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i have a scenario where i draw a network and set all it's paraments on swing based gui, after that i have to translate this network into a python based script which another framework reads and realize this network in the form of virtual machines.

As an example have look here:

from mininet.topo import Topo, Node
class MyTopo( Topo ):
    def *__init__*( self, enable_all = True ):
        super( MyTopo, self ).__init__()
        Host = 1
        Switch = 2
        self.add_node( Switch, Node( is_switch=True ) )
        self.add_node( Host, Node( is_switch=False ) )
        self.add_edge( Host, Switch )
topos = { 'mytopo': ( lambda: MyTopo() ) }

It simply connects a host to a switch and realize this topology on a python framework.
Now for now in order to realize the drawn network on java GUI here is what i am doing:

I simply take the information from GUI and create a new python file like the one above using java code and then run this file in mininet using ProcessBuilder Class in Java, which works fine somehow.

I want to know, is this the correct and robust way how i am doing this or should i be looking further into java-python bridge like scenarios to be more effective or so as to say more professional.


The options i was wondering are:

  1. Serialize the GUI in a well known format (yaml may be??) that can be deserialized by python and then add additional functioanlity in python to pass that information to this script.

  2. Add a Java-Python bridge to do this directly from within the code??

  3. Any other idea?? What should i do, or im good at whatever is being done here.

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2 Answers 2

I'd recommend using an easy to read cross language data format like JSON. Python and Java have excellent support for JSON. I have done integration between PHP, Java, and Python using this technique. What you have done is something like code generation which is also a valid approach but has it's cons. Here are a few pros/cons off the top of my head of the two approaches:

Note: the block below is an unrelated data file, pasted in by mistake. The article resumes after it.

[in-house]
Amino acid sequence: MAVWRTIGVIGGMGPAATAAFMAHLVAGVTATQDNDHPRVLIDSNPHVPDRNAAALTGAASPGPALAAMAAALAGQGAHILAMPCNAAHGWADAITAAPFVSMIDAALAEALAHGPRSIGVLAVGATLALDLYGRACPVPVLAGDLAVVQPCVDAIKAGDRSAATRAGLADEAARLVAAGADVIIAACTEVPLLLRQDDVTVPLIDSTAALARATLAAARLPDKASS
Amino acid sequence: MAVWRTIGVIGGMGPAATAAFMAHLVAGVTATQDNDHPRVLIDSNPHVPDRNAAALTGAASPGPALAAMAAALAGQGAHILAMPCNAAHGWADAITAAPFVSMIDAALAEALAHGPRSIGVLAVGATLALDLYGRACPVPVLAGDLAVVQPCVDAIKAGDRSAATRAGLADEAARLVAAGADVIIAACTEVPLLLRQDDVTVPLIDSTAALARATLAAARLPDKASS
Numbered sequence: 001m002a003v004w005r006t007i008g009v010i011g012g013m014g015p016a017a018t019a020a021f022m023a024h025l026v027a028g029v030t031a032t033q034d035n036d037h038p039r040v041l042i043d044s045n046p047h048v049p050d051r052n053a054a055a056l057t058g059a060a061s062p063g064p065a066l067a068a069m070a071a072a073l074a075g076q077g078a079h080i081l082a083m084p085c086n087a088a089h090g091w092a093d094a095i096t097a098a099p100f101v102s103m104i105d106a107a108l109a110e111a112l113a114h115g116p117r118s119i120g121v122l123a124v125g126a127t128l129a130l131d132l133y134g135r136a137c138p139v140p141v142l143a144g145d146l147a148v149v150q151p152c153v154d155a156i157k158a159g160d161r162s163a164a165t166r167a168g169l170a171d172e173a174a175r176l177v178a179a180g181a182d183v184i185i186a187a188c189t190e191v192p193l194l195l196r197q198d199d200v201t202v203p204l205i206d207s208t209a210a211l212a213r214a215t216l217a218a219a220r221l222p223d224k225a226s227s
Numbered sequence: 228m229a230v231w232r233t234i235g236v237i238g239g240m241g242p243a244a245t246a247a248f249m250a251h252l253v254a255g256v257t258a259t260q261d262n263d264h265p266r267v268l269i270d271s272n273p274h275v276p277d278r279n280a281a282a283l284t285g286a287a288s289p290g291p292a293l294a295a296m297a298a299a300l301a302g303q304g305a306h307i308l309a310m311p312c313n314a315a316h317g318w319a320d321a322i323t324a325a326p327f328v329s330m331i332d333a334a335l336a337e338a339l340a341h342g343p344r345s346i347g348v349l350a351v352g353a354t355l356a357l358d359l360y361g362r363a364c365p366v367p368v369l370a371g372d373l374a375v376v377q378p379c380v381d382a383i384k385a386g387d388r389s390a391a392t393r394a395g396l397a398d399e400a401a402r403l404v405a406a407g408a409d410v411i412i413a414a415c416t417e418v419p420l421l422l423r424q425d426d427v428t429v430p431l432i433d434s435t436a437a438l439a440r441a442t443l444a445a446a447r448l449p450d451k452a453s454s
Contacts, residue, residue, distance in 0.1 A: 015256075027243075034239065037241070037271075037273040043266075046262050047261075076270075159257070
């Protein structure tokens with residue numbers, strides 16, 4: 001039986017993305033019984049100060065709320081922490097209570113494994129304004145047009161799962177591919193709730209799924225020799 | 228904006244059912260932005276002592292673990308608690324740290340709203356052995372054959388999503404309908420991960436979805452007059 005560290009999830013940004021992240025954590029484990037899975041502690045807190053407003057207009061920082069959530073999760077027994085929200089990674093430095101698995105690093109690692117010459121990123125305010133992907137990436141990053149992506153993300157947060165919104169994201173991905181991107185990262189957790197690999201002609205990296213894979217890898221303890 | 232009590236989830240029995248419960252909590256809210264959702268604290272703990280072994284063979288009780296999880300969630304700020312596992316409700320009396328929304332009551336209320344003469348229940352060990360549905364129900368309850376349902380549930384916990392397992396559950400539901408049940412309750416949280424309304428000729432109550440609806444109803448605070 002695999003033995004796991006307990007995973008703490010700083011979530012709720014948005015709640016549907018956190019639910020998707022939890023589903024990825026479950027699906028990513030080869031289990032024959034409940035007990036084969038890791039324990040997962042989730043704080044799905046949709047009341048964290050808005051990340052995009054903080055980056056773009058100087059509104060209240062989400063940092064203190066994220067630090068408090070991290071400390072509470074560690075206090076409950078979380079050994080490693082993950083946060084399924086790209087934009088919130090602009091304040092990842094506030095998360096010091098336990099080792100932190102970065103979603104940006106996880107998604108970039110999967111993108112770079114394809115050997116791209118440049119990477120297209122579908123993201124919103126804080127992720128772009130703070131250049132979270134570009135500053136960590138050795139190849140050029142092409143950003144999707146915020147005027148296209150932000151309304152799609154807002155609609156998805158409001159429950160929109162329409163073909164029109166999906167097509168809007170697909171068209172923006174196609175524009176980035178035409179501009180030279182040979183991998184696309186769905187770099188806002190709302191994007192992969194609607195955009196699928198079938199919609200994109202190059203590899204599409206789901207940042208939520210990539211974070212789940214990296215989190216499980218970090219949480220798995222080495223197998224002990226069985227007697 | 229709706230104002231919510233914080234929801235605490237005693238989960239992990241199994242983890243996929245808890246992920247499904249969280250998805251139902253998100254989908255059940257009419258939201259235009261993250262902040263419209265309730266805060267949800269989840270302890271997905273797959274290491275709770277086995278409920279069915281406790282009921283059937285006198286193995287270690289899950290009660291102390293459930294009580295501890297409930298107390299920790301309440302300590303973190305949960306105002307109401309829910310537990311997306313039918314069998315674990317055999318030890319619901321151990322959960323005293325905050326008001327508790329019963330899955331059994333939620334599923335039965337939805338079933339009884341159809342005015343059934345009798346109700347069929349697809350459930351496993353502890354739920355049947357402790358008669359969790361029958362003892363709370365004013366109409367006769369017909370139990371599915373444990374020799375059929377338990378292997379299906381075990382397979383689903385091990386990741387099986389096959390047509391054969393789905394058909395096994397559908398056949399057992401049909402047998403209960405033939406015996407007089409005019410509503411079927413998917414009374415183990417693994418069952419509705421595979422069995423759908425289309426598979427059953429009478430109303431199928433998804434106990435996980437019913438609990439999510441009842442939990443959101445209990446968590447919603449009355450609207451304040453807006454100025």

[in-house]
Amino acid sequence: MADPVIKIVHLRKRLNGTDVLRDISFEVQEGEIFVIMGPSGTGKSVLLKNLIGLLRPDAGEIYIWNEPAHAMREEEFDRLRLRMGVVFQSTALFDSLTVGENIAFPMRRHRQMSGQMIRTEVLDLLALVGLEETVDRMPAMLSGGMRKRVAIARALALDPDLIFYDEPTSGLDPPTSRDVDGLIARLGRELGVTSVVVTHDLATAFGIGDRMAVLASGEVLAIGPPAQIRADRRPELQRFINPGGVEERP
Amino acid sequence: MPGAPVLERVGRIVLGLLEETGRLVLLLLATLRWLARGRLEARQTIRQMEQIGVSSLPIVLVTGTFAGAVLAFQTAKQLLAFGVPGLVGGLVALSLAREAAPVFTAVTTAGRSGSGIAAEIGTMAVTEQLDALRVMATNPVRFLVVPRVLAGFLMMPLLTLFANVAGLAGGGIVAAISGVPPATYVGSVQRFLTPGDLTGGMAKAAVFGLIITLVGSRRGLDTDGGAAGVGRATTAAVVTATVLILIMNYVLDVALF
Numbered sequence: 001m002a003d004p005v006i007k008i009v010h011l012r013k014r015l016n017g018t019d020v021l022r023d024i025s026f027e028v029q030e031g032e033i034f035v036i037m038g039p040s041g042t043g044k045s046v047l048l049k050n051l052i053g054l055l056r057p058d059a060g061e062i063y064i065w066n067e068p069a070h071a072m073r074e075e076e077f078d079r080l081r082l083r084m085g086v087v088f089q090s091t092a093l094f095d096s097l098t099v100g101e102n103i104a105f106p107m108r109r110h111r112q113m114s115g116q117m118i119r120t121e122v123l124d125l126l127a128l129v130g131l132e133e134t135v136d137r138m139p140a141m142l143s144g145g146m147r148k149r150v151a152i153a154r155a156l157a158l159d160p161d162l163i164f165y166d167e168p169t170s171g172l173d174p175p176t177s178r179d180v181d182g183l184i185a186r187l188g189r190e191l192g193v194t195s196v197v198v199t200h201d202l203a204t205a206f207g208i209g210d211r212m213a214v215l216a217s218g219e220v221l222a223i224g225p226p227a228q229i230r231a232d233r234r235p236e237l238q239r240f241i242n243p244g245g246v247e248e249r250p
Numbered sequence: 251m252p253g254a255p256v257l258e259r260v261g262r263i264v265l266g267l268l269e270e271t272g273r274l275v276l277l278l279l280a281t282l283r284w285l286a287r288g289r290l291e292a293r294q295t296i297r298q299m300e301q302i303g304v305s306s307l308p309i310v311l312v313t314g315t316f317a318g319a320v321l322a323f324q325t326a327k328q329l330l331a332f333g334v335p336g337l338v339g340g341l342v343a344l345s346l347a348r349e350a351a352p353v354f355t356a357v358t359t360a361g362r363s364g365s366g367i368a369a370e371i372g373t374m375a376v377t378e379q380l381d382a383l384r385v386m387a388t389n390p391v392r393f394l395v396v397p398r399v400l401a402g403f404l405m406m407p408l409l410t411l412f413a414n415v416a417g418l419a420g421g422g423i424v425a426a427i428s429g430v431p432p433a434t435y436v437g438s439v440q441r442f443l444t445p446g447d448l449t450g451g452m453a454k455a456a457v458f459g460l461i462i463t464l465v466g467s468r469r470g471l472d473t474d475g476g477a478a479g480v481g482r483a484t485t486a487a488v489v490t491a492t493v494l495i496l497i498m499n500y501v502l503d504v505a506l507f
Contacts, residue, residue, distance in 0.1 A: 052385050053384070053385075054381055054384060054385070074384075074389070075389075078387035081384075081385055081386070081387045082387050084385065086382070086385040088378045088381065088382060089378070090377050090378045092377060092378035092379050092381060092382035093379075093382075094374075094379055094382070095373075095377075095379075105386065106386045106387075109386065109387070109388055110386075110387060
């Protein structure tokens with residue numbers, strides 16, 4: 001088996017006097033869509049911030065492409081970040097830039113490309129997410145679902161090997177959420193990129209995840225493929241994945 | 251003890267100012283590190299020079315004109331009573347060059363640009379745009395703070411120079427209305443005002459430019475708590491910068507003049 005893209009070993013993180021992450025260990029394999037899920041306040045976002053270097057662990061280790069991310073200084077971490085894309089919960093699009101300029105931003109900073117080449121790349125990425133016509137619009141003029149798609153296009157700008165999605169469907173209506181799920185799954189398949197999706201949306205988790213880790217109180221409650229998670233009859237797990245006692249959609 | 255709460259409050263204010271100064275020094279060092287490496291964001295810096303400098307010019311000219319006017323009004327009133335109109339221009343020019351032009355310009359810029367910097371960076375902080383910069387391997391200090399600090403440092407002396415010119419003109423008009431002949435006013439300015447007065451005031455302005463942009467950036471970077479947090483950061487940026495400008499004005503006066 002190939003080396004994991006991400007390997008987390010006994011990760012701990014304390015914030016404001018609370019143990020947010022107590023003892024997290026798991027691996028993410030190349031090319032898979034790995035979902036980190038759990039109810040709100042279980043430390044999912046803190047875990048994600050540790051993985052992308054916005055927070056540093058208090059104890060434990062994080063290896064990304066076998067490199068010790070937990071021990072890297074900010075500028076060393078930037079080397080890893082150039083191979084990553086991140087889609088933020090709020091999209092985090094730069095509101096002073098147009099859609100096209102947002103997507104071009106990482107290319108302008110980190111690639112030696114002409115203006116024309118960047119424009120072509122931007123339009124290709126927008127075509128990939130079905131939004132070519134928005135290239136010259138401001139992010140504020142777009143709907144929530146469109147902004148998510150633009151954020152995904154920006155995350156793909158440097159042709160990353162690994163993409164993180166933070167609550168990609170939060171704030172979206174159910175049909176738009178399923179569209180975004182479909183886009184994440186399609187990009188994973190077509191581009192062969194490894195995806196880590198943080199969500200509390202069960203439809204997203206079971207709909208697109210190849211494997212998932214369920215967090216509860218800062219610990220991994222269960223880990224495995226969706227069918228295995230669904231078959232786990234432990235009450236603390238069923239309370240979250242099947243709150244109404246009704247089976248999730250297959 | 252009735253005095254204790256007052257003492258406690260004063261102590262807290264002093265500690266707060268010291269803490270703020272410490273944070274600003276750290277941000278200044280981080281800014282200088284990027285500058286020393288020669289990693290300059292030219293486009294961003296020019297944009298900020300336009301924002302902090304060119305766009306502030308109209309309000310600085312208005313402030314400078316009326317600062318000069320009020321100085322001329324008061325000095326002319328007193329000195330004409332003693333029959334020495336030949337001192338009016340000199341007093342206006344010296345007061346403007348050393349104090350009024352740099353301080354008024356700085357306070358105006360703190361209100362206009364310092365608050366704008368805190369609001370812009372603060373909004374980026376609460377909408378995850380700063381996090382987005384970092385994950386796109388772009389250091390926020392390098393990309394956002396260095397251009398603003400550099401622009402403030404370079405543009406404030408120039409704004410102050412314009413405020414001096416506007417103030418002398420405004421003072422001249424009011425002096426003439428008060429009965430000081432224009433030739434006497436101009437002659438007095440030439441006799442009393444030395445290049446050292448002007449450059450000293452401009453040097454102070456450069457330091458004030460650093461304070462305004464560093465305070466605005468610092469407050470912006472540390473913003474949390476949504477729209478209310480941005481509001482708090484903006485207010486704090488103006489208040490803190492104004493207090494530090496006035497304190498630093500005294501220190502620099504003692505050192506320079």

Code Generation Pros/Cons

  • Can at times be easy to implement
  • Security issues, one program is generating code to execute in another environment, the python code could run any command
  • No validation, if your code generation library has a bug there is no way to validate it's output, because it's not a data structure. Potential security issues here again.
  • Very powerful you can essentially run any python code from your java library

Data Exchange(JSON) Pros/Cons

  • Can be validated to catch any data corruption or bugs in generation
  • Better security parsing JSON in python doesn't execute any code it just loads a data structure
  • Can be easier to view especially if you pretty print json in python
  • requires you to decide on some data structure to map your nodes to JSON
  • you will have to write something to take that data structure and produce your Topo and Node objects from it.
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Data exchange also lets the two programs' implementations evolve independently: one could even decide to rewrite one of the two in another language! –  Nicola Musatti Sep 28 '12 at 10:34

If your Python code was dependant on pure Python libs then you could use embedded Jython.

My preference would be your first option to serialise the configuration to an agnostic format. Writing Python source code from Java will be difficult to maintain.

If you decided to serialise, consider using JAXB or similar with an XML schema on the Java side to build a rigid data exchange format in XML. You can then use PyXB to convert the XML back into Python objects.

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